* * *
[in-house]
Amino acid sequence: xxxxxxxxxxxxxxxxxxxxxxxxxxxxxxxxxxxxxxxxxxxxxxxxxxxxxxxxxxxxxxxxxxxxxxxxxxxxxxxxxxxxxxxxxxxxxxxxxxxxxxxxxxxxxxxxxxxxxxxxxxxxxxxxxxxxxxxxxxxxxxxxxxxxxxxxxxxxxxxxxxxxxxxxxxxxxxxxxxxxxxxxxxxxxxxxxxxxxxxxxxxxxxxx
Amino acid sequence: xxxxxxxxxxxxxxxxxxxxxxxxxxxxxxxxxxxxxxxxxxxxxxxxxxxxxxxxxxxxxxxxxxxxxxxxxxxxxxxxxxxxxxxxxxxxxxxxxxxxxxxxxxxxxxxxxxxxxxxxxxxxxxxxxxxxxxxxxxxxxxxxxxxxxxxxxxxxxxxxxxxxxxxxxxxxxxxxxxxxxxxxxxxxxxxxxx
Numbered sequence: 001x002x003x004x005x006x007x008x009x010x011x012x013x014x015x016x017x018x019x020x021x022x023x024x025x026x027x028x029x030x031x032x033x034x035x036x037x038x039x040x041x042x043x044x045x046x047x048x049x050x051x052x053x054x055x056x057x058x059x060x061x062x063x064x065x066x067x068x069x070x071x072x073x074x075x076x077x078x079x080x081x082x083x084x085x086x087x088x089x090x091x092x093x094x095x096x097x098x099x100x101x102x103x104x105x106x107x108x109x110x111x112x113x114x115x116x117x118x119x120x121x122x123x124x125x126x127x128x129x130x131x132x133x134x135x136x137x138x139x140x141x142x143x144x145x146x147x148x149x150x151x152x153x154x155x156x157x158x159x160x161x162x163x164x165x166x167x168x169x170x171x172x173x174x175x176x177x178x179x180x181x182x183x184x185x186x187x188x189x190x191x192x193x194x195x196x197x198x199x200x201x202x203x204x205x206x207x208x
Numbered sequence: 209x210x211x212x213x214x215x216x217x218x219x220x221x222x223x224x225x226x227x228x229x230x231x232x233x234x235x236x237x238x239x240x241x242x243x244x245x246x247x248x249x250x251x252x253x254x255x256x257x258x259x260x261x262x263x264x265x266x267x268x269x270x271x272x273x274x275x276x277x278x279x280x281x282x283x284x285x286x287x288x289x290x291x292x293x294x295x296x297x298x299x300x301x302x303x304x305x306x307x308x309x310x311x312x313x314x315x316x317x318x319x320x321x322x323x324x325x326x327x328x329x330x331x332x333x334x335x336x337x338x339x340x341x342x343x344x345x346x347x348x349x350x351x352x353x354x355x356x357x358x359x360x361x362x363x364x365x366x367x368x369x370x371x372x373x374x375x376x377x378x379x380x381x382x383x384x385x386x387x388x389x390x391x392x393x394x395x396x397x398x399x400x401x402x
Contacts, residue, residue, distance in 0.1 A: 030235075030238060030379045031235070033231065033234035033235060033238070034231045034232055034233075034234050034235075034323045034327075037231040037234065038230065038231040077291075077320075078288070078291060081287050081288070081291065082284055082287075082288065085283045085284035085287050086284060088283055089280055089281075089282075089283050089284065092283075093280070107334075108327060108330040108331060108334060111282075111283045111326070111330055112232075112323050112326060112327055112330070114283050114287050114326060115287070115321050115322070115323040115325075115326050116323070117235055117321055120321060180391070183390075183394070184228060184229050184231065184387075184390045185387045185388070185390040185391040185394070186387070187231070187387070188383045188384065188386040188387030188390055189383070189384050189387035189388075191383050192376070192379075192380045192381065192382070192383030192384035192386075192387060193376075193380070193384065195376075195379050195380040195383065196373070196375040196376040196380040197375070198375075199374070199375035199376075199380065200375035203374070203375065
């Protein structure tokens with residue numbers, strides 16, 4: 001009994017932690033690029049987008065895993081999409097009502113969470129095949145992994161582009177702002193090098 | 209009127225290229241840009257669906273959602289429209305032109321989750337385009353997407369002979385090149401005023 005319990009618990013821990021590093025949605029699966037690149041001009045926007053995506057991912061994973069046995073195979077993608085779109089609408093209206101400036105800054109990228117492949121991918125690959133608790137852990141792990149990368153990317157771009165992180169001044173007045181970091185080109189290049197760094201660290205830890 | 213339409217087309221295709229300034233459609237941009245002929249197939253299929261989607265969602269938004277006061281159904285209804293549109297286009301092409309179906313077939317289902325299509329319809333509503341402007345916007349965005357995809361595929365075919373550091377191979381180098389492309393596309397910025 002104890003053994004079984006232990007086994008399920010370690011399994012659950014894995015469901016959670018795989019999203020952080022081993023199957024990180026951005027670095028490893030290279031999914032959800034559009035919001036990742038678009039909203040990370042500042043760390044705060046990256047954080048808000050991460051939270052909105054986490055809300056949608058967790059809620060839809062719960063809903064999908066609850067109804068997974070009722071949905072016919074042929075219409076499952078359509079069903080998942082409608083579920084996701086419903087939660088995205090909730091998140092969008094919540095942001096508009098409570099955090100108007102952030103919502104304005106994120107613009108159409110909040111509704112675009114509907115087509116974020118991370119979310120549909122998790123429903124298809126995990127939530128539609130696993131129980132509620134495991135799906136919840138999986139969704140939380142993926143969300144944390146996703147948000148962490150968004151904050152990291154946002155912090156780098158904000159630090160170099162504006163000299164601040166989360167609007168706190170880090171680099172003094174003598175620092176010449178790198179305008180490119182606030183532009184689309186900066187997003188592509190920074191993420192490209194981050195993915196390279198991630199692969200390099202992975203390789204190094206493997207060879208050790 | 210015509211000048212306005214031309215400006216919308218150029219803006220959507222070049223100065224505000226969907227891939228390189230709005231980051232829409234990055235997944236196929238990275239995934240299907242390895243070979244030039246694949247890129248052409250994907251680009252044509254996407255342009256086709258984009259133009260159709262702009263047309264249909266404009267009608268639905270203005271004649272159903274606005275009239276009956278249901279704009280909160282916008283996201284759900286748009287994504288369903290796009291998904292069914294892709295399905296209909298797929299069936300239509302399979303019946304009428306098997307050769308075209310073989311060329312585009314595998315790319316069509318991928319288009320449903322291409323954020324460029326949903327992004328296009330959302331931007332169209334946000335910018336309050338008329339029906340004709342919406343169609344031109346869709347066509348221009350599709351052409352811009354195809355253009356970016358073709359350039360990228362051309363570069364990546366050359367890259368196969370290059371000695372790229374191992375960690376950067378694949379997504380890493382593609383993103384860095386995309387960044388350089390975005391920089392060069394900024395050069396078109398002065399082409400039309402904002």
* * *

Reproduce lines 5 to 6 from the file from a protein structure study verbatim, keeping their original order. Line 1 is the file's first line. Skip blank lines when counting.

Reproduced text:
Numbered sequence: 209x210x211x212x213x214x215x216x217x218x219x220x221x222x223x224x225x226x227x228x229x230x231x232x233x234x235x236x237x238x239x240x241x242x243x244x245x246x247x248x249x250x251x252x253x254x255x256x257x258x259x260x261x262x263x264x265x266x267x268x269x270x271x272x273x274x275x276x277x278x279x280x281x282x283x284x285x286x287x288x289x290x291x292x293x294x295x296x297x298x299x300x301x302x303x304x305x306x307x308x309x310x311x312x313x314x315x316x317x318x319x320x321x322x323x324x325x326x327x328x329x330x331x332x333x334x335x336x337x338x339x340x341x342x343x344x345x346x347x348x349x350x351x352x353x354x355x356x357x358x359x360x361x362x363x364x365x366x367x368x369x370x371x372x373x374x375x376x377x378x379x380x381x382x383x384x385x386x387x388x389x390x391x392x393x394x395x396x397x398x399x400x401x402x
Contacts, residue, residue, distance in 0.1 A: 030235075030238060030379045031235070033231065033234035033235060033238070034231045034232055034233075034234050034235075034323045034327075037231040037234065038230065038231040077291075077320075078288070078291060081287050081288070081291065082284055082287075082288065085283045085284035085287050086284060088283055089280055089281075089282075089283050089284065092283075093280070107334075108327060108330040108331060108334060111282075111283045111326070111330055112232075112323050112326060112327055112330070114283050114287050114326060115287070115321050115322070115323040115325075115326050116323070117235055117321055120321060180391070183390075183394070184228060184229050184231065184387075184390045185387045185388070185390040185391040185394070186387070187231070187387070188383045188384065188386040188387030188390055189383070189384050189387035189388075191383050192376070192379075192380045192381065192382070192383030192384035192386075192387060193376075193380070193384065195376075195379050195380040195383065196373070196375040196376040196380040197375070198375075199374070199375035199376075199380065200375035203374070203375065